Updated: Jul 2, 2018
Mrida solar microgrids and agricultural interventions are not meant to be an end in themselves, but rather a means to an end – namely, sustainable and holistic rural development.
The access to clean energy brings new local economic opportunities for villagers and improves rural livelihoods. Children can study after sunset, while women-folk can set up Self Help Groups engaged in activities such as stitching, weaving, pulse grinding and traditional handicrafts among others – using the extra working hours to generate supplementary household and village income. This truly becomes a virtuous circle as the villagers end up earning more than what they spend for the energy access in the first place, thereby generating wealth in a sustainable manner.
Small and marginal farmers in rural areas typically practice subsistence agriculture – just enough to meet their basic needs. On the other hand, cultivation of high value crops, plants and herbs, their processing and value addition, and access to markets using Mrida’s inputs and skill sets, can potentially provide higher returns, facilitate more investments and lead to progressively higher disposable incomes and improved lifestyles over time – another virtuous circle in the making.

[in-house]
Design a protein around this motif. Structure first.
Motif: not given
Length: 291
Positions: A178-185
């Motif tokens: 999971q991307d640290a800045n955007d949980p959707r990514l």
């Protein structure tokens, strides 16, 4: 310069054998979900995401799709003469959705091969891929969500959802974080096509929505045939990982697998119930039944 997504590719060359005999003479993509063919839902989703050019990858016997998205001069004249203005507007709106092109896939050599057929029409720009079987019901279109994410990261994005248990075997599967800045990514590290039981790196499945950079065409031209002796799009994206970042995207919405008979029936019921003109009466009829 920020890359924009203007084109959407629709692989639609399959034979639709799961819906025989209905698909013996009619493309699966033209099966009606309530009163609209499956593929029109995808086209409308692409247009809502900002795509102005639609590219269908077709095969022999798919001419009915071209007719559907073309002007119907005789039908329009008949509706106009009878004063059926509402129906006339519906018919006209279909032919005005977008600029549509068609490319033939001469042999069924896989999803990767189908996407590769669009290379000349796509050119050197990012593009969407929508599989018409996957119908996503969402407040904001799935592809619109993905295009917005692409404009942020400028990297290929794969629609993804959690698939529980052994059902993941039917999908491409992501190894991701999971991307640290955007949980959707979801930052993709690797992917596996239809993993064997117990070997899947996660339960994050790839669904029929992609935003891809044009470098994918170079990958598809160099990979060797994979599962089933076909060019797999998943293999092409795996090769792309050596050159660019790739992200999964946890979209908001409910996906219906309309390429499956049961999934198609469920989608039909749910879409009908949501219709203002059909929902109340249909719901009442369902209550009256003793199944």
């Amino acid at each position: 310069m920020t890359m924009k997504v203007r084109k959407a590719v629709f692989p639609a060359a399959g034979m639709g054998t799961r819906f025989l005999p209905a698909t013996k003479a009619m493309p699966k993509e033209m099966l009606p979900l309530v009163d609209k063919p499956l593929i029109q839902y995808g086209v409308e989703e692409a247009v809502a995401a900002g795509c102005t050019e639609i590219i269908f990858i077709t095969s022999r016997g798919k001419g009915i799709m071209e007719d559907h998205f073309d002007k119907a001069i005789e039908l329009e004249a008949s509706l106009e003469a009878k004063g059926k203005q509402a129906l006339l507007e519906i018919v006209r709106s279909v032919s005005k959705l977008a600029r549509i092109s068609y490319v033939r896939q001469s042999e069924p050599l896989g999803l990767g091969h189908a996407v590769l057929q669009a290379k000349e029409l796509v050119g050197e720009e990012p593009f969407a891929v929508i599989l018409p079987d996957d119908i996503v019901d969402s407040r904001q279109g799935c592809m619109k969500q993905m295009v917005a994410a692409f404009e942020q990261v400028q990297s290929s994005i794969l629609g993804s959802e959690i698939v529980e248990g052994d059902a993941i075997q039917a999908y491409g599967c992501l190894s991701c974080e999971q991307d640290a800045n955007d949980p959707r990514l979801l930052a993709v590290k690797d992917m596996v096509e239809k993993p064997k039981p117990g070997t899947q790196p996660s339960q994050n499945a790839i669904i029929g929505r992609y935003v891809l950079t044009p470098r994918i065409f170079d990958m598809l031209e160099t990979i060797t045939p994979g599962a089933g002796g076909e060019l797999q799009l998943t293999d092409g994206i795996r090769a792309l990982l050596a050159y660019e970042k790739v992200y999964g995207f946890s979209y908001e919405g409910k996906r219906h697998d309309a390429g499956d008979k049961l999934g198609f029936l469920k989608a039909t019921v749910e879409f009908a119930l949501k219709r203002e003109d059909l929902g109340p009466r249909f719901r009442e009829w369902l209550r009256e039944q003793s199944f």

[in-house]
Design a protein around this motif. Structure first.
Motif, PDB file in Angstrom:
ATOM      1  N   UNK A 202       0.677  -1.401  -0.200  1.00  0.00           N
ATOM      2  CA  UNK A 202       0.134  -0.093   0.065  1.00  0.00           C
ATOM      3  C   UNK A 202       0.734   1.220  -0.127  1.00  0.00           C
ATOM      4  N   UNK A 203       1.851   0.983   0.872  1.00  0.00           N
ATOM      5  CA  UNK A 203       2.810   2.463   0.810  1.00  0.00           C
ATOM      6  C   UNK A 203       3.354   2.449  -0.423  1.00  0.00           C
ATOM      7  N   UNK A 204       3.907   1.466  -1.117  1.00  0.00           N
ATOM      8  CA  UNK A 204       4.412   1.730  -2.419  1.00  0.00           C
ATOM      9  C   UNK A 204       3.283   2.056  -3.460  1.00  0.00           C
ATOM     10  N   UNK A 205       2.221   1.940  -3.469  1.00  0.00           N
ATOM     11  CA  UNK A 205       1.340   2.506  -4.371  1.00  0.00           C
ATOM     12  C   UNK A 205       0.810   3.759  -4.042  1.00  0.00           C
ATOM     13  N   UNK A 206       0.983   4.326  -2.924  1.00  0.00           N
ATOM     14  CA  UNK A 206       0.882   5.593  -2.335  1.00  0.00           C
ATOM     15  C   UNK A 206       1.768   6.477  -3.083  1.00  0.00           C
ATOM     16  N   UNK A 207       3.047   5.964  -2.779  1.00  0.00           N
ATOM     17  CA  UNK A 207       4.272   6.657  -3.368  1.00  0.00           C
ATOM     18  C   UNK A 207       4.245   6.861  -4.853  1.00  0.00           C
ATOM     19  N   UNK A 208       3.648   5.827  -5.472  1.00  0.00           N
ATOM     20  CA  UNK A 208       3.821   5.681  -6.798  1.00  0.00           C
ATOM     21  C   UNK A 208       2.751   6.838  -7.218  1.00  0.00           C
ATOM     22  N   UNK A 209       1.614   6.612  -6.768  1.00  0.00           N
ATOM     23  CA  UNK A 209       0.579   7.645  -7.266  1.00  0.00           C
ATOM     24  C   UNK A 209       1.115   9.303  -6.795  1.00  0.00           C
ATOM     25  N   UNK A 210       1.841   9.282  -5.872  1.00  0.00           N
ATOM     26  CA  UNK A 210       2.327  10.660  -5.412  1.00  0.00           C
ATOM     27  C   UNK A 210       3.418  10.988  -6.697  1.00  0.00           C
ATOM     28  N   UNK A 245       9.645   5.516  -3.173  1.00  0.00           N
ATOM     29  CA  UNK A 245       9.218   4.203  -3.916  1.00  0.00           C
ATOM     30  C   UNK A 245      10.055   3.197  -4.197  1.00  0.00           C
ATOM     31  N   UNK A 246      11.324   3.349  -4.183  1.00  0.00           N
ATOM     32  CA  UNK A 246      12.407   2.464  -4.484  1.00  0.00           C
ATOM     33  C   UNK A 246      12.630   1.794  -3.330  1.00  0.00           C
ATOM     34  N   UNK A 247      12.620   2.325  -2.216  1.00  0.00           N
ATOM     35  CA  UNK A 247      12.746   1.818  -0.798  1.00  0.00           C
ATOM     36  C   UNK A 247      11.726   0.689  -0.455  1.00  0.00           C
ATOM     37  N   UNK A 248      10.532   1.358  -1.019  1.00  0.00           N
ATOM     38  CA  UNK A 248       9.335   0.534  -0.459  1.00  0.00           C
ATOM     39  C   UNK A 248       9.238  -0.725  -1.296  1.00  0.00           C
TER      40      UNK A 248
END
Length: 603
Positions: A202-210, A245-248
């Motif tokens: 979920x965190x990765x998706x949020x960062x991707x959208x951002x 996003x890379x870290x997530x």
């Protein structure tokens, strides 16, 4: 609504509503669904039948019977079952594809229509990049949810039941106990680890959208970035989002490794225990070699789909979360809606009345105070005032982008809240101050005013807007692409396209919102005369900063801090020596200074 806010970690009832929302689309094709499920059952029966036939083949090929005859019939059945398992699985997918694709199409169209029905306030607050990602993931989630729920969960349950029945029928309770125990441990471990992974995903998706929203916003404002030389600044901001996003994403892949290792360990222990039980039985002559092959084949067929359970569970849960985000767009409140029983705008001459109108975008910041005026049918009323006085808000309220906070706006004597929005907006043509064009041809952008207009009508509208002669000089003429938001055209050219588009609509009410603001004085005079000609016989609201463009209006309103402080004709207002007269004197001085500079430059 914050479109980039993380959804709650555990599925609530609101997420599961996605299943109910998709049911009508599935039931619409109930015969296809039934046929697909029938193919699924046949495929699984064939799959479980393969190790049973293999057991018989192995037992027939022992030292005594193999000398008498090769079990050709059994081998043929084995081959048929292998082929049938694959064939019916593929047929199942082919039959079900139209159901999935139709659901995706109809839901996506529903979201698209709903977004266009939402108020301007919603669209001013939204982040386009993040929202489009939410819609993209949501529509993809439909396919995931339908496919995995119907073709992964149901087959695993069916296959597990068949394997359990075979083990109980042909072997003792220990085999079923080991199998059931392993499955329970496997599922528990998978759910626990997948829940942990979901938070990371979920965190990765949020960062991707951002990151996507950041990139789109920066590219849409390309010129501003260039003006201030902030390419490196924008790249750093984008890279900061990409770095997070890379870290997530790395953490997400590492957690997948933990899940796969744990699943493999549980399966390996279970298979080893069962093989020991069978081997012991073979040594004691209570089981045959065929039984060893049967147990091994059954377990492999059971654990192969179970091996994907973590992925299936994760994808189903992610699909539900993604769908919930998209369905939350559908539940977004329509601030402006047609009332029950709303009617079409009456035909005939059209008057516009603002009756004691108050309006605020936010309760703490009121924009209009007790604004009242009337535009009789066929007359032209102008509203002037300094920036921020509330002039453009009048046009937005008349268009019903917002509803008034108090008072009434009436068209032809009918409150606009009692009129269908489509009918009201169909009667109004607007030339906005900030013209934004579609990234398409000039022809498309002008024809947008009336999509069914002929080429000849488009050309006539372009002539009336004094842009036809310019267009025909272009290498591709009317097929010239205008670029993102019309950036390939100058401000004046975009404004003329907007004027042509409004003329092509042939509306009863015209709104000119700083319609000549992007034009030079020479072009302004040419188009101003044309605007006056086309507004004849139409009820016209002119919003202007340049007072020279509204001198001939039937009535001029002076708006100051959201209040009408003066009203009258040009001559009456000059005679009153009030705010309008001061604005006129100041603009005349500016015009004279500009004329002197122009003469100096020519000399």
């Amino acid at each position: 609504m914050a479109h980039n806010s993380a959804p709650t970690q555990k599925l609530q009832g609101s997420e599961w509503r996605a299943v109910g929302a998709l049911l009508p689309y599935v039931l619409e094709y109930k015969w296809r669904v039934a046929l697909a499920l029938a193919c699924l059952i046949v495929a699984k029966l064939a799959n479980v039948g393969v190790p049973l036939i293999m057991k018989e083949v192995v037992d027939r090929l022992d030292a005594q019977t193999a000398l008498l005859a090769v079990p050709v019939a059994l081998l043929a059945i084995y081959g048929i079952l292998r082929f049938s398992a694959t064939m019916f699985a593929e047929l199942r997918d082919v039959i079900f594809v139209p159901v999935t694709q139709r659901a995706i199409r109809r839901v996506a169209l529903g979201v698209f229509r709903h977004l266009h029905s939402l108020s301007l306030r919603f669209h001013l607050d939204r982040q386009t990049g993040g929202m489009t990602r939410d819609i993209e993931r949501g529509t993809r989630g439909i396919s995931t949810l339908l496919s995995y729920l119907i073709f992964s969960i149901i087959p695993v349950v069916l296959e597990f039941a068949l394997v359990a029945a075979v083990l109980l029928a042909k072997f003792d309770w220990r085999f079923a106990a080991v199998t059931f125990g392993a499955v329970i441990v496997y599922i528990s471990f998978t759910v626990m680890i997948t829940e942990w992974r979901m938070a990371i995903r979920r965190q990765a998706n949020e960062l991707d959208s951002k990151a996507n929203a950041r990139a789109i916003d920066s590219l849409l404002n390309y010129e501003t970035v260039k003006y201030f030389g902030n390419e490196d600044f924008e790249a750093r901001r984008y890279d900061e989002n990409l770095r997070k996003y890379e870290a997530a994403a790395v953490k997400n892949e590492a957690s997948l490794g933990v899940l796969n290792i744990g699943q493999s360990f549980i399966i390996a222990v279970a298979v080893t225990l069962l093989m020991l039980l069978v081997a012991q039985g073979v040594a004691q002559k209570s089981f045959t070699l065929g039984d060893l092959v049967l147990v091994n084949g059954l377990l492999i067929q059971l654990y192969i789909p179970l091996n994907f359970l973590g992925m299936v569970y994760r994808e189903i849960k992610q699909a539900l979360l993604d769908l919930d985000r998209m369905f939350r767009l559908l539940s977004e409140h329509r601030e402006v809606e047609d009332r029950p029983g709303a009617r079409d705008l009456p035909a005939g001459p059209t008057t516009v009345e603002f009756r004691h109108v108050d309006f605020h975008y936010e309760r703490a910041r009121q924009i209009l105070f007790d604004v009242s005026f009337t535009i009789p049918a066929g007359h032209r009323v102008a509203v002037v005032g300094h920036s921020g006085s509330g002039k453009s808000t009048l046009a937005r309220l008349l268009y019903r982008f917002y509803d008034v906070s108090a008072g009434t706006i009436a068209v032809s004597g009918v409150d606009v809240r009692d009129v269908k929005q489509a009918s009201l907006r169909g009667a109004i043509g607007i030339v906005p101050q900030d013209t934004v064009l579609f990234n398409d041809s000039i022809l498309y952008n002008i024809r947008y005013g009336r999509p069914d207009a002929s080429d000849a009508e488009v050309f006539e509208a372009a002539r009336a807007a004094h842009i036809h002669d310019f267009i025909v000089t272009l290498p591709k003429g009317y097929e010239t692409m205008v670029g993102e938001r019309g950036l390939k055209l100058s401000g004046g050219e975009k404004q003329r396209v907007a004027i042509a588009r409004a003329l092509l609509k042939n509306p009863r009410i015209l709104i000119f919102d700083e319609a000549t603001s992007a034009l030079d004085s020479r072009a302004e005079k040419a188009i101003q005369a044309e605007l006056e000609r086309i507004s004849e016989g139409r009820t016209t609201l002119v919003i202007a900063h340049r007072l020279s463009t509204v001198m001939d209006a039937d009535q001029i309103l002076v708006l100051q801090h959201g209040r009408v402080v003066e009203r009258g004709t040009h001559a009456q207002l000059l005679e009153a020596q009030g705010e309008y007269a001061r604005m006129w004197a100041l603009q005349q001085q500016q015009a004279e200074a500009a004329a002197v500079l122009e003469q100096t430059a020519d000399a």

Be it the solar micro grids or the agricultural interventions, neither is in the form of a grant or for free. Any intervention represents a self sustaining, financially viable business model for Mrida, even as the core focus remains sustainable and scalable, holistic rural development.
Business models, innovative solutions, improved technologies, and better possibilities. All in all, win-win situations for all concerned. And self-sustaining ‘Virtuous Circles’